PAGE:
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Mississippians in Bridport

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By HARRIETTE BRAINARD

BRIDPORT — When the Rev. James Slowey came home to what was supposed to be his surprise 40th birthday party in Picayune, Miss., on Aug. 27, 2005, there was no way he could have predicted the terrifying events of the next few days, let alone the next year.

There was no way he could have known that the following summer he and his family would be sitting down at the dining room table of Tim Franklin, pastor of the Bridport Congregational Church in Addison County, Vermont. Up until the spring of 2006, Slowey and his family knew very little of Vermont and never dreamed that they would take their first airplane trip there.

But then Hurricane Katrina struck his coastal community, some 55 miles northeast of New Orleans, and the world changed.

In spite of the disaster that hit the area around the Gulf of Mexico that weekend late last August, there have been a number of rewarding moments that have been strung together by the development of relationships that never would have been, including the relationship between members of the Bridport church and Slowey’s church in Mississippi.

James Slowey is the pastor of the Harmony Baptist Church in Picayune, a town 55 miles northeast of New Orleans. He lives next door to the church with his wife, Terry, and two children, James Jr., 16 and Amber, 11.

The eye of Hurricane Katrina went directly over Picayune, which saw its population drop from 13,000 to 4,000 as a result of the storm.

Many residents of the region did not realize until it was too late just how severe the consequences might be and there were others who did not want to leave their homes. Plus, for many of the residents of the Gulf Coast, evacuation was not economically feasible.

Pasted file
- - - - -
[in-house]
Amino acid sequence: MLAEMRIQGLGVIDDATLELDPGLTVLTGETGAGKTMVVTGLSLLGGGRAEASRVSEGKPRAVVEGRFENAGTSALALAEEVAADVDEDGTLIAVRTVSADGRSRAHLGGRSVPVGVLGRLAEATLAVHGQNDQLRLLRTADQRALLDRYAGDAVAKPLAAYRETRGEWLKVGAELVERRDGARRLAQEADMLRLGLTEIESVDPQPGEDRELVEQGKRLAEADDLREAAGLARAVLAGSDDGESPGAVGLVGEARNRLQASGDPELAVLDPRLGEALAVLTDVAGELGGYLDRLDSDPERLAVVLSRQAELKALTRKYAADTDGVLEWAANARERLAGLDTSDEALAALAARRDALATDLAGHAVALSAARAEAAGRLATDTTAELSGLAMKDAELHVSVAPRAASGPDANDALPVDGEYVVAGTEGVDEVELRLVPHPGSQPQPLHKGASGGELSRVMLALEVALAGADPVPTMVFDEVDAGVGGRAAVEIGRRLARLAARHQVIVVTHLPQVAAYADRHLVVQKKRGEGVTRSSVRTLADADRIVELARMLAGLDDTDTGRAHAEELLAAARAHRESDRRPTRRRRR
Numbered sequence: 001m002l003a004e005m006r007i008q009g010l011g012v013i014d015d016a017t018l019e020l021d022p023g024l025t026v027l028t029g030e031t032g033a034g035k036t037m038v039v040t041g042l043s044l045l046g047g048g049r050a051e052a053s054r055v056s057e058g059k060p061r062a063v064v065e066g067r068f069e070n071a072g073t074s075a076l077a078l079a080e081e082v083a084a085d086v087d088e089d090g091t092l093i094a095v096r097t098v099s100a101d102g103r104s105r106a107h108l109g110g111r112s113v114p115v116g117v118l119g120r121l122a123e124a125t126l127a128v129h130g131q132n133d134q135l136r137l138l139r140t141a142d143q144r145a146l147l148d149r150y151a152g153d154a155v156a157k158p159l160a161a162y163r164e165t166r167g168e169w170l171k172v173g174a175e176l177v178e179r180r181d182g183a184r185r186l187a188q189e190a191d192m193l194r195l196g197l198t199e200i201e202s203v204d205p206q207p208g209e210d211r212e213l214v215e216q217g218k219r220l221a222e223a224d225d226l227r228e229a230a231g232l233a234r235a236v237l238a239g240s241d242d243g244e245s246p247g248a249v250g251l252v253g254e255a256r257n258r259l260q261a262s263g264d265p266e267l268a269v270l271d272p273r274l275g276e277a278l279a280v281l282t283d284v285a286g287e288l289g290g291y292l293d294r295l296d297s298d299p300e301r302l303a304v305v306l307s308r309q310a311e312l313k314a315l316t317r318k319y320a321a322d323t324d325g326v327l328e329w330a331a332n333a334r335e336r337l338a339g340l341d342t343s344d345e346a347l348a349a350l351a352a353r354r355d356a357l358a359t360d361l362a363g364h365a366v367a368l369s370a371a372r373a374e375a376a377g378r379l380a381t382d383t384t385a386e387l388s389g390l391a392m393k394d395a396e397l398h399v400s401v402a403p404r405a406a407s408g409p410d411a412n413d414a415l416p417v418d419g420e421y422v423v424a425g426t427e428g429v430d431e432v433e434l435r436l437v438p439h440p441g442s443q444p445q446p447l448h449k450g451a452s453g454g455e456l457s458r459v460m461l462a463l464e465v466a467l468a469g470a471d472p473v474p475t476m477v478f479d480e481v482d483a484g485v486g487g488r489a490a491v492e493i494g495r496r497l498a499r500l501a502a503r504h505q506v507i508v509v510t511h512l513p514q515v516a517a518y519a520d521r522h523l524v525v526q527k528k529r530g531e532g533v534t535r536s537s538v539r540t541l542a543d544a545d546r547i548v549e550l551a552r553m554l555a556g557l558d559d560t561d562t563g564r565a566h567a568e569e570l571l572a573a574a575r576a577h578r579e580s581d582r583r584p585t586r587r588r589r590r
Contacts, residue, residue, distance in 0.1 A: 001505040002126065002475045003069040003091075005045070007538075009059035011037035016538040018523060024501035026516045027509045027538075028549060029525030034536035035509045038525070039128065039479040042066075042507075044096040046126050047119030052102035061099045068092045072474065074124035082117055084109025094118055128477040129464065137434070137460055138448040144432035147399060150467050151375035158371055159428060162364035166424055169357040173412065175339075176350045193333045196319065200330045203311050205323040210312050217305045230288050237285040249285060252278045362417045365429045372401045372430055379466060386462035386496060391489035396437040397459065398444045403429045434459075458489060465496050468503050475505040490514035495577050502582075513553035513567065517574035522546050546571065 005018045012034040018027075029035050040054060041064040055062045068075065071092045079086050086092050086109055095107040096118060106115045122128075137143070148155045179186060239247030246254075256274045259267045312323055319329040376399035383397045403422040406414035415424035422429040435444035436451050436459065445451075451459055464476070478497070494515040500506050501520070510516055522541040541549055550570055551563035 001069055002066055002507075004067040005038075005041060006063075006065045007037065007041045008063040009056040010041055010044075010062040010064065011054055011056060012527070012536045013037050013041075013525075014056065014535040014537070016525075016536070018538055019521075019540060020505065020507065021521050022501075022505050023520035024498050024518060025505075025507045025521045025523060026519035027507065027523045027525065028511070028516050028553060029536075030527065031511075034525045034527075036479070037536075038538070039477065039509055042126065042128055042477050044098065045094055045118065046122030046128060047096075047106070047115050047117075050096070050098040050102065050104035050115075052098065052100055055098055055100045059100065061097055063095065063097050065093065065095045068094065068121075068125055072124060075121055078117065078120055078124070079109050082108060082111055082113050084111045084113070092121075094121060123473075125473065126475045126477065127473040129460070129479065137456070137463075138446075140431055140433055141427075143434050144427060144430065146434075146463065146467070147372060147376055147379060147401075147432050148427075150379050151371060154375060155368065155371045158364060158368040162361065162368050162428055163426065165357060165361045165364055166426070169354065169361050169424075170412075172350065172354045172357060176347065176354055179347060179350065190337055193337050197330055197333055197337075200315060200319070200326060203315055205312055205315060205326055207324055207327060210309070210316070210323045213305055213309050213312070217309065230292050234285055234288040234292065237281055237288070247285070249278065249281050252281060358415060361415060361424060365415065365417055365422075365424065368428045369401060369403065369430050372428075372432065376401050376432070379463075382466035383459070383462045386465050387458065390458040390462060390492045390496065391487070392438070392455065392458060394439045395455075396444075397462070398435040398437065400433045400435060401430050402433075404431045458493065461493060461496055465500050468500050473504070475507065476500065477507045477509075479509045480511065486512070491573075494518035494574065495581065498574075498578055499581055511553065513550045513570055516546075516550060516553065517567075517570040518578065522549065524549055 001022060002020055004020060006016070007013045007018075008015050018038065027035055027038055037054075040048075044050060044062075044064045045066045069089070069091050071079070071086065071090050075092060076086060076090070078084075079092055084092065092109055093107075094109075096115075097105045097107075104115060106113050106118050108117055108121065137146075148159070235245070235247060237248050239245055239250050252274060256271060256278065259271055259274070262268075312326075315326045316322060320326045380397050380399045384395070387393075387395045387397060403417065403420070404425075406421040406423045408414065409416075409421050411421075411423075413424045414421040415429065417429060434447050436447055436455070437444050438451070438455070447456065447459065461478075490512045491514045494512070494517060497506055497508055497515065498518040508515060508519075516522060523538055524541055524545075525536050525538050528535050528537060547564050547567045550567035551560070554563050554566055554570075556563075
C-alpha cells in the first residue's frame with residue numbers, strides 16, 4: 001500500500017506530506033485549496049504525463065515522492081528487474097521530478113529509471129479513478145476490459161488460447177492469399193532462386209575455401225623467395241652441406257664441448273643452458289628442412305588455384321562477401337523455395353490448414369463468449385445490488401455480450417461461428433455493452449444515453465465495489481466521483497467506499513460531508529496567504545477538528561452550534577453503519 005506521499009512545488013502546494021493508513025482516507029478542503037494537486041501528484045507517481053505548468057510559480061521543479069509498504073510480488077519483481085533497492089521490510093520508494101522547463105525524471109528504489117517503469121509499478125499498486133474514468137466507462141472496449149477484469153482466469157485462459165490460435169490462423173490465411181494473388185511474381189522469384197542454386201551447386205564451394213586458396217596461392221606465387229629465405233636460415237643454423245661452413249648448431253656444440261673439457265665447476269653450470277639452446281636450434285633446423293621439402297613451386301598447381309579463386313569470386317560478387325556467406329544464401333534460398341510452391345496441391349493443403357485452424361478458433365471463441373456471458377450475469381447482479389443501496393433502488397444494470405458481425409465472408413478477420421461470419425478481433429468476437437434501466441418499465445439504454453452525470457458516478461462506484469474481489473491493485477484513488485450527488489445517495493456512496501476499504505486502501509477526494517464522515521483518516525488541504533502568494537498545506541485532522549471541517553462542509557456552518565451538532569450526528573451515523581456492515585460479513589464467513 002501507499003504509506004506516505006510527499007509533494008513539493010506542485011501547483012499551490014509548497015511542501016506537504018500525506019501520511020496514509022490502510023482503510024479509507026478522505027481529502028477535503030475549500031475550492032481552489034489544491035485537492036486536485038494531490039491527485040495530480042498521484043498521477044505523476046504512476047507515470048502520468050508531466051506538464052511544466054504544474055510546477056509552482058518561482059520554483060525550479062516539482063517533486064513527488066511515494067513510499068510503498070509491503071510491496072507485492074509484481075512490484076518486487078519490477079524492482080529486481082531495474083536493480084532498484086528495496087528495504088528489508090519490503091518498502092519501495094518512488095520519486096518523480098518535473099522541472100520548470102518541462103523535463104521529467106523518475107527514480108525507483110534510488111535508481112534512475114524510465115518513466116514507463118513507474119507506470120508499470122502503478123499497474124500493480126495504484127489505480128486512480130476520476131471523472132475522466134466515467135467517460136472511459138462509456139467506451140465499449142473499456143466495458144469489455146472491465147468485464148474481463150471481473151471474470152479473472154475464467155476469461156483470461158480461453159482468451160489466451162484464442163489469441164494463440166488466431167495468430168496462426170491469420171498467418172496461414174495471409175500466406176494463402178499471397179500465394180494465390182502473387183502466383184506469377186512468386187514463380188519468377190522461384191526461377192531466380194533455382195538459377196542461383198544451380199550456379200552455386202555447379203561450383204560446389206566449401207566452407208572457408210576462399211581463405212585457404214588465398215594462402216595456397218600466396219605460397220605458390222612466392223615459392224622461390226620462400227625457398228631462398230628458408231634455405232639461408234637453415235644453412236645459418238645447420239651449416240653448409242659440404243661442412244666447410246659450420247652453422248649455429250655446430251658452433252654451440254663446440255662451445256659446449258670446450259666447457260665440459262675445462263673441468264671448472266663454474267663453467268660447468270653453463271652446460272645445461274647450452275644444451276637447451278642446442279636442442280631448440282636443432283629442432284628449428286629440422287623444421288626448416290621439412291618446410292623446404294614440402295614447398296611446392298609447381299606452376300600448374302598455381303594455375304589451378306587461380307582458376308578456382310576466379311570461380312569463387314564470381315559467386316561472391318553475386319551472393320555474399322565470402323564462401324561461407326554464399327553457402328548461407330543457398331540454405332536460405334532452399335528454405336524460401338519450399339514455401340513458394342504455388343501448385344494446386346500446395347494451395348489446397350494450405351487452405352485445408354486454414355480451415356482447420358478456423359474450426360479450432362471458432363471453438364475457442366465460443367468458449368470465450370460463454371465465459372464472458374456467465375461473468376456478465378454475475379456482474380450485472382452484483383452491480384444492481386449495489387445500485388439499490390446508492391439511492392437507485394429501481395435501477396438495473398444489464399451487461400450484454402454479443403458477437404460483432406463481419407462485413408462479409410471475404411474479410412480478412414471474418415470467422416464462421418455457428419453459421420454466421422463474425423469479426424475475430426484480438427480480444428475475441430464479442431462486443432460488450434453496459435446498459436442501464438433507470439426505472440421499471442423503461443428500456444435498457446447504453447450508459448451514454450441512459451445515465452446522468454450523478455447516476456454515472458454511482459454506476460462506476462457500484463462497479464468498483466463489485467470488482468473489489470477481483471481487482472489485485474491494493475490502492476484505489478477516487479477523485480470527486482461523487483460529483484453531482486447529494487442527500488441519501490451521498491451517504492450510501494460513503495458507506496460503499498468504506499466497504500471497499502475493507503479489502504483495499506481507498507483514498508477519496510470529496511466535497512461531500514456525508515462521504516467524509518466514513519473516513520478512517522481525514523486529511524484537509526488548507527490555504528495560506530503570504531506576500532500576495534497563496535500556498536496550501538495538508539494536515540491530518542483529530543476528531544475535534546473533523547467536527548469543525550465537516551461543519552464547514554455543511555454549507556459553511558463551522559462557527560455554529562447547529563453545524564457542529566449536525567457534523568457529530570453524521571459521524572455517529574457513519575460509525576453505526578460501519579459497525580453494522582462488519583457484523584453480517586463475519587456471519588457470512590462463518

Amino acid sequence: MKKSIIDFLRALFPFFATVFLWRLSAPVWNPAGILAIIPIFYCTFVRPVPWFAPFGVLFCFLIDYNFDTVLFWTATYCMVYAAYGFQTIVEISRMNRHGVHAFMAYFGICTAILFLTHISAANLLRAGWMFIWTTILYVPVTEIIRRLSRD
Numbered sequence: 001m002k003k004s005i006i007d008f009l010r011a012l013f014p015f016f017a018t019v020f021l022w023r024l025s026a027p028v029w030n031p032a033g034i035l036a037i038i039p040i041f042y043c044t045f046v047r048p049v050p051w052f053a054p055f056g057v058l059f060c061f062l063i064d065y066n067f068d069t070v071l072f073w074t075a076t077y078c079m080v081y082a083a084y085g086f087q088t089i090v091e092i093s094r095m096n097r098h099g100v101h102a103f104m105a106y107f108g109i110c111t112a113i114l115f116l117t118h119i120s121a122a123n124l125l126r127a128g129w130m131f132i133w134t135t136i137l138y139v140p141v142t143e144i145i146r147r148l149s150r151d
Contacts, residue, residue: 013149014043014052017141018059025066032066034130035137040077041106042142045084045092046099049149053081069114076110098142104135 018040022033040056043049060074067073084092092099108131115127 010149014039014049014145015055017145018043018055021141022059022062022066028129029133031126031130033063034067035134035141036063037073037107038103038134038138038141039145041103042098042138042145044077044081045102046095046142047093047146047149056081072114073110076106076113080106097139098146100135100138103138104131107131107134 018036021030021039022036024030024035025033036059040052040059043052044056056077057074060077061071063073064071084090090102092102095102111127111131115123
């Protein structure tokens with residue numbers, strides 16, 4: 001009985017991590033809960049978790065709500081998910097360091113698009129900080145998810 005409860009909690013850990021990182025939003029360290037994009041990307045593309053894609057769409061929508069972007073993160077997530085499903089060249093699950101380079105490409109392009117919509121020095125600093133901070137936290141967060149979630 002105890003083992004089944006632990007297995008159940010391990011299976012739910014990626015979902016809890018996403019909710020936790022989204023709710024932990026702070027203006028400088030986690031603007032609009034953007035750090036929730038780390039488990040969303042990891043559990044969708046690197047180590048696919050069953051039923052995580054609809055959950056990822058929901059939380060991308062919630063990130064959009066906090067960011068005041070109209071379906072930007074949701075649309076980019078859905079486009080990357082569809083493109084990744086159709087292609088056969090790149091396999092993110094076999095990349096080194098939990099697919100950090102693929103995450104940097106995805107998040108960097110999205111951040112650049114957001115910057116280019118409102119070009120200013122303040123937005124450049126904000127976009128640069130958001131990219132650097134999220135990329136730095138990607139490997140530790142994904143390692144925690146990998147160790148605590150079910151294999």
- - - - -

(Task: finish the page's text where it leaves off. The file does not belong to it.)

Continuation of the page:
James Slowey made the decision early on that he was not going to leave his church as there were a number of people in his congregation that were not able to evacuate. There were about 30 people in the church and another 20 in Slowey’s home during the course of the storm.

“I was never so worried about the storm, because there were so many other things to worry about, to deal with — we had to balance all the people coming in and their needs,” said Slowey, who turned 40 last Aug. 27.

“The next morning following the surprise party, people began knocking on our door — shaking, crying because they did not know what to do,” he said. At the Sunday service the next morning, Slowey told everyone, “If you have the ability to leave, then you should leave, if not we will be here for you.”

Preparations got under way.

“At this point we converted the Sunday school to a mini hotel,” Slowey said. “Our own kitchen was D-Day central — it is an open style kitchen and it was here that all the plans were made for the storm and after.”

Electricity went out that Monday morning, and was not to come on again until well over a month later.

Unlike many other areas of the nation, Picayune, Miss., which had 119 churches within a 26-mile radius before the storm, had established a community where different churches have worked together forging a ministers’ alliance. Slowey said this was especially helpful following Katrina, as they were able to figure out the primary needs of the community and how to best serve them in a timely fashion. Each church had a central responsibility — each had something to offer for the common good. Even the police and sheriff turned to the churches to help organize their needs following the storm.